The trip is from Natchez Trace, Tennessee, to Dodge City, Kansas, by way of Tucson, Arizona.
Carlsbad Cavern National Park, New Mexico
When we left Guadalupe Mountains National Park we drove north on Hwy 62 out of Texas into New Mexico to Carlsbad, where set up in a private campground. My wife’s sister and her husband drove from Denver to join us there, and the next day we headed for Sitting Bull Falls. That was how I managed to leave my camera behind, we traveled together in their car. After a pleasant drive on narrow twisting back roads through the desert, which I got to enjoy more since I wasn’t driving, it was a short steep hike up to the top of the falls.
After, we drove south from Carlsbad on Hwy 62 and into Carlsbad Cavern National Park at the Whites City entrance. Once in the park it was a scenic drive that twists through the desert and up a mountain. Since I wasn’t driving we didn’t stop to take any pictures. Once we reached the visitor center and parked we could appreciate how high we were and admire the vista of miles of surrounding desert in all directions.
I had been here once before as a teenager with my parents. In the evening we had seated ourselves in the amphitheater at the natural entrance to watch the bats emerge and fly off into the night. It was quite a spectacle. Minutes before you saw the first bat you could smell them. Their odor grew stronger as they neared the entrance. Then you could hear them, the chirping and the beating of thousands of wings. Finally, they began emerging. They spiraled up before you as more and more emerged from the cave. The bats flying up out of the cave became so numerous they merged into a dark broiling column of black. They continued this for at least ten minutes. There were that many bats it took that long for all of them to exit the cave. At some high altitude above the cave entrance they broke from their spiral and flew off in one direction, like a black cloud spreading out into the night. It was quite impressive.
So I was anticipating this when we arrived. That was the reason we had waited until the afternoon to tour the cave, so we could stay after the tour to see the bats at dusk. But I learned in the visitor center we were there at the wrong time of the year, the bats weren’t in the cave at this time. Also, it was so late in the day tours were no longer going in via the natural entrance, we would have to take the elevator directly down. So I was bummed on two accounts, not seeing the bats and not walking into the cave. The natural entrance is quite impressive, also.
But I did get to see some bats. There is a statue in the visitor center symbolizing the bats emerging from the ground.
We took the elevator down and began our tour.
This is not a guided tour. You are on your own to ramble around a huge open cavern. But an audio tour is offered, which I actually prefer. You can roam at your own pace, yet not miss out on any relevant information. In this picture you can see several well-placed lights and their snaking cords.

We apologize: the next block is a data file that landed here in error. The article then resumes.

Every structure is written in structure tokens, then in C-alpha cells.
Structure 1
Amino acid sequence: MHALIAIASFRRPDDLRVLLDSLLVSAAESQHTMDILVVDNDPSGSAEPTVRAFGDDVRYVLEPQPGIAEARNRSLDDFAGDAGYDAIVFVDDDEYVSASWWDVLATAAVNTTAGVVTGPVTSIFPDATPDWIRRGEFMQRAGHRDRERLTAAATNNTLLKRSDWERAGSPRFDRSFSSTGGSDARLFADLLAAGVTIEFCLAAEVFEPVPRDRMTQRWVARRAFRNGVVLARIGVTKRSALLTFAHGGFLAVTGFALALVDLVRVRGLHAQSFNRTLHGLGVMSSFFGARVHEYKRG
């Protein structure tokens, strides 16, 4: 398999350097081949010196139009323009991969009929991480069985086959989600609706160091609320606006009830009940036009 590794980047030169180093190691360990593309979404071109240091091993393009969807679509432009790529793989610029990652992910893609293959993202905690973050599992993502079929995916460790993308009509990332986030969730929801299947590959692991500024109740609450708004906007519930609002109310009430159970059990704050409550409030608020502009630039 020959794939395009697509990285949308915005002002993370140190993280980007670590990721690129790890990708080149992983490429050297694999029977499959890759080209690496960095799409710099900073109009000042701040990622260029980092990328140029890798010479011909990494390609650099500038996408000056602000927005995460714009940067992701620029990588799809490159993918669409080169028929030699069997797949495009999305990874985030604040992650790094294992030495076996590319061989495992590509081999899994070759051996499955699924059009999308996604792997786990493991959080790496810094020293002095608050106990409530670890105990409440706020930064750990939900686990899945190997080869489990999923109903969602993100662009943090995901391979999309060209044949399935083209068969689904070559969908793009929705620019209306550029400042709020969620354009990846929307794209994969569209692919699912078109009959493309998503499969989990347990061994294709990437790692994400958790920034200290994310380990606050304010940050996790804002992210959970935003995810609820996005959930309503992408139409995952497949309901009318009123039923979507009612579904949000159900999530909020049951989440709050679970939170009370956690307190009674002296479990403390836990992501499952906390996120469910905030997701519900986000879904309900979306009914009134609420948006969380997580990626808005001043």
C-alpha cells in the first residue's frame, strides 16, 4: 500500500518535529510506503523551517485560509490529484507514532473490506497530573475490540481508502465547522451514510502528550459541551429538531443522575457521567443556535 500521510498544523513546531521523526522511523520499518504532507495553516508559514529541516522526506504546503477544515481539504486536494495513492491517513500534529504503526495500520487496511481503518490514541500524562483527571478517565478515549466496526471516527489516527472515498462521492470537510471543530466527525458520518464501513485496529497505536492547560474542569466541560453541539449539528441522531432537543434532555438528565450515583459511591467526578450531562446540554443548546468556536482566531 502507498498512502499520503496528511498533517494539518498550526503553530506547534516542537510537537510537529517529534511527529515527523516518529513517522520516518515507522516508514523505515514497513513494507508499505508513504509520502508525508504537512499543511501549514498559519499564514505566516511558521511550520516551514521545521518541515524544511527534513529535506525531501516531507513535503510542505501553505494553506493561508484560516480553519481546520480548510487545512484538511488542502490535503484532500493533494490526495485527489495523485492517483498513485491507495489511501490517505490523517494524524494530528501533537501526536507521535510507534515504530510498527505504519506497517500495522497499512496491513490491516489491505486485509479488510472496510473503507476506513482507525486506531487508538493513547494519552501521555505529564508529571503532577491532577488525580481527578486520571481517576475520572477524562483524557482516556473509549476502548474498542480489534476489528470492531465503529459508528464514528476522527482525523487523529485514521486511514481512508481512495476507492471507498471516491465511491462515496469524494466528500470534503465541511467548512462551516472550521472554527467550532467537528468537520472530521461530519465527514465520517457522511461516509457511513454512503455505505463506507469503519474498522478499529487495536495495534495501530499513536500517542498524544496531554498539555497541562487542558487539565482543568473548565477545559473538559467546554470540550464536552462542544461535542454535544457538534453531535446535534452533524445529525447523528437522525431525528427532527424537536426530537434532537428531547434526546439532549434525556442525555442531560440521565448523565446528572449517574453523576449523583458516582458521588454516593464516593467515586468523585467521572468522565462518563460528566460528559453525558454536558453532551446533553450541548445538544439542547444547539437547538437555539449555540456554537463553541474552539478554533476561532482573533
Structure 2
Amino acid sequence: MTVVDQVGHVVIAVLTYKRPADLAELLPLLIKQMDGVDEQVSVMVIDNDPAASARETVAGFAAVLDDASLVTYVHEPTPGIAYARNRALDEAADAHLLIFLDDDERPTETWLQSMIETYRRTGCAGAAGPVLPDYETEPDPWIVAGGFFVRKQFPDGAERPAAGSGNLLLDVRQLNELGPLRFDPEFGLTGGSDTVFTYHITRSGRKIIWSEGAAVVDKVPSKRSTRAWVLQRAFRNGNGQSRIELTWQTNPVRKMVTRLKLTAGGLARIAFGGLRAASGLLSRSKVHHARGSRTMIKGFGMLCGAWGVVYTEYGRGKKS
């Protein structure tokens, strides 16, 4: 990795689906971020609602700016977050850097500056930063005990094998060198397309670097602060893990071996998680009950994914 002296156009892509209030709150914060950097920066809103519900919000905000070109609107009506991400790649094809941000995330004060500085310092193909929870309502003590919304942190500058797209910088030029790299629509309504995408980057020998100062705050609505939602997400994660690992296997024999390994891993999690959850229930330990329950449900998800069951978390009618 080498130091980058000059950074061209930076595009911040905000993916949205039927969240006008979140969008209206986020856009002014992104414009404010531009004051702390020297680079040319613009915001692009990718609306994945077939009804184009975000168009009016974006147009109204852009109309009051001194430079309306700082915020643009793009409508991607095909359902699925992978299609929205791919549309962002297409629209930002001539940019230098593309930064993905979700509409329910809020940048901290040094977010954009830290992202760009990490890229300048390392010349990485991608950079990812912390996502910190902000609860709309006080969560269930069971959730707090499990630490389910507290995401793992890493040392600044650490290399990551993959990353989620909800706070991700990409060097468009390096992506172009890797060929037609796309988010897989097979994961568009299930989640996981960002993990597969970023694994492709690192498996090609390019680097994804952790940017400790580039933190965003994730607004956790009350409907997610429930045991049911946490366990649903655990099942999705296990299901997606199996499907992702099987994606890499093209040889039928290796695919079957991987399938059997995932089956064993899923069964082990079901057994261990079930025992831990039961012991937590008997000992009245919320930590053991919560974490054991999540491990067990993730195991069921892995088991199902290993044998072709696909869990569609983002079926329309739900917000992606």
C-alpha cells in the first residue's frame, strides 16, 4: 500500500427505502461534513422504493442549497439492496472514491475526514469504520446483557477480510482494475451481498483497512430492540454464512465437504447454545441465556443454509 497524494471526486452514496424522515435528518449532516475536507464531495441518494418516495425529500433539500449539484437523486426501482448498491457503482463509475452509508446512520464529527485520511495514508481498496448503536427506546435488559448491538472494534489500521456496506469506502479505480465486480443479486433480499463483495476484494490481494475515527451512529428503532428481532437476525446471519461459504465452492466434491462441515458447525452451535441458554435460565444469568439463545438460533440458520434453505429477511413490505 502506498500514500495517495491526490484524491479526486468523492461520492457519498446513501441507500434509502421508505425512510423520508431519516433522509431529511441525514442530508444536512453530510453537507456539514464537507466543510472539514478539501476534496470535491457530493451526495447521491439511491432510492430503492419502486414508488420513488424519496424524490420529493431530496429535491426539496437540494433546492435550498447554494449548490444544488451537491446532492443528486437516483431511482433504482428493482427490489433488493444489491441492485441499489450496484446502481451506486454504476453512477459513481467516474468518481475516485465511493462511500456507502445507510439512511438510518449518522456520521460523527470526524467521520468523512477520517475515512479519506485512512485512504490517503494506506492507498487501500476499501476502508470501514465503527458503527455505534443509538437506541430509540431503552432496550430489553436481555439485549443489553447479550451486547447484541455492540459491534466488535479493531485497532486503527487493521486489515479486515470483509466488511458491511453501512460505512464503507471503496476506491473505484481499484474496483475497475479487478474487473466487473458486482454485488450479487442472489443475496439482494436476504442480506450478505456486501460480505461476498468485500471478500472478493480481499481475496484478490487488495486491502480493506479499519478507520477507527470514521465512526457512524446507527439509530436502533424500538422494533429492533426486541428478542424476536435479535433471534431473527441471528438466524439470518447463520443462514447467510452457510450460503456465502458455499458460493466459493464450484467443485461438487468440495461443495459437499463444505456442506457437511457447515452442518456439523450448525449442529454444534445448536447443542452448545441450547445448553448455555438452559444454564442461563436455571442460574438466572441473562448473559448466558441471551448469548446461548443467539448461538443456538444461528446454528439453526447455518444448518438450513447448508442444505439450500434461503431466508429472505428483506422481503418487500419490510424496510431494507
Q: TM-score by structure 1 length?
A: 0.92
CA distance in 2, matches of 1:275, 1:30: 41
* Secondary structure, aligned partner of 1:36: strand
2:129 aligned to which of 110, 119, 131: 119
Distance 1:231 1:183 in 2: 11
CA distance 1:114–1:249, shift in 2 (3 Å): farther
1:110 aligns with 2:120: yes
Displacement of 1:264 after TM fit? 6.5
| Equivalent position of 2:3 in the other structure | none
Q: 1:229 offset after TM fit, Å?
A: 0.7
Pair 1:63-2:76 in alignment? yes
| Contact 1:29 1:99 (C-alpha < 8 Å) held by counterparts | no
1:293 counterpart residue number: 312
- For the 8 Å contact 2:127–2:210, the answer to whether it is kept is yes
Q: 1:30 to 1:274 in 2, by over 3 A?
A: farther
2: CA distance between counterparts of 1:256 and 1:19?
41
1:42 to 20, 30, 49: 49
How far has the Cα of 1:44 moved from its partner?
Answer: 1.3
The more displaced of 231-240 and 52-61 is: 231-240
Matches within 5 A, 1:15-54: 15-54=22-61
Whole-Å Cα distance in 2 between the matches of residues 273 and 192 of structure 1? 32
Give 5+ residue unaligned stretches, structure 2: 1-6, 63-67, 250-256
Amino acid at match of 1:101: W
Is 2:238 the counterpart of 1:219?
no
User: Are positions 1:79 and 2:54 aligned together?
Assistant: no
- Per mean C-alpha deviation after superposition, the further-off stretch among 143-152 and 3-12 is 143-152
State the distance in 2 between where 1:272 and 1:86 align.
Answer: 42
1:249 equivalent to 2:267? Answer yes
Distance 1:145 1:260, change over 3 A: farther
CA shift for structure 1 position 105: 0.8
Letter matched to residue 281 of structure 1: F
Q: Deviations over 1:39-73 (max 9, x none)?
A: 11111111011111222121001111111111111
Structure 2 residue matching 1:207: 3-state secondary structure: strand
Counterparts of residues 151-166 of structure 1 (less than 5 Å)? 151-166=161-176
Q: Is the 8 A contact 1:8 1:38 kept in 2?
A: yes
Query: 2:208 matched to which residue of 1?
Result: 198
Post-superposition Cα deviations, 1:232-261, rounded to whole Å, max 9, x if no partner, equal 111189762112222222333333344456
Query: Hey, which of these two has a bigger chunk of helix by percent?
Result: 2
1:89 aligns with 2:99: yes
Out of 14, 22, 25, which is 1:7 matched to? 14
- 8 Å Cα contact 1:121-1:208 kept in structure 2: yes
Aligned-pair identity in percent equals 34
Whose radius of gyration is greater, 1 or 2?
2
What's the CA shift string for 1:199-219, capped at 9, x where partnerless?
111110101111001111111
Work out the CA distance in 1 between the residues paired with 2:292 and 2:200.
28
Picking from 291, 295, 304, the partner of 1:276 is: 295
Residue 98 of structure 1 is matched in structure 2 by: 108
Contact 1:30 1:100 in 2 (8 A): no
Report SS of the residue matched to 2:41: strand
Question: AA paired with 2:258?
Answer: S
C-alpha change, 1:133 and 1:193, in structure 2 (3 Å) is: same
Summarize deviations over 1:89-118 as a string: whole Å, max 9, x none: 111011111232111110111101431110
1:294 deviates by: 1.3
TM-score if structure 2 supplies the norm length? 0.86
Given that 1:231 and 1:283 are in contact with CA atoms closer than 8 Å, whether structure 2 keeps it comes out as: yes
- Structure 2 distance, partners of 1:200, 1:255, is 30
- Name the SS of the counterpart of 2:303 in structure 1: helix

When Carlsbad Caverns was first opened Hollywood lighting experts were brought out to install lighting that would elevate the creepiness of this alien landscape. In fact, several science fiction movies from the fifties and sixties were filmed here. That’s why everything in the Cavern looks so shadowy. It is intentional, it’s the effect that was striven for.
But with such dim lighting many of the formations are too difficult to see clearly. And I had already been recently spoiled by the Caverns of Sonora, whose astounding crystalline formations made these appear pedestrian. And the poor lighting didn’t help.
But it is still an impressive place.
I especially enjoyed this formation, the lighting succeeds here. Doesn’t this formation appear to be a monster with a gaping mouth full of saber-like teeth?
Other monsters lurking in the shadows?
This one feels like I am already inside the monster’s mouth and looking out.
We weren’t entirely left on our own. Rangers were present all around the caverns to keep an eye on us and to answer any questions. So we continued roaming.
Since we had arrived so late we were among the last to leave. Which meant there was a huge mob at the elevator waiting to go back up to the visitor center. And we couldn’t roam around waiting for the line to shorten. Rangers were cutting off the lights behind them as they ushered people to the waiting area. Nobody wanted to walk around in the dark with all those monsters lurking in the cavern. Besides, it was closing time and the rangers were wanting to go home. It wasn’t a long wait. The elevator could only hold so many people, but it was fast and got everyone up and out in a timely fashion. We drove out of the park and back to our campground in Carlsbad.
The next location is White Sands National Monument, New Mexico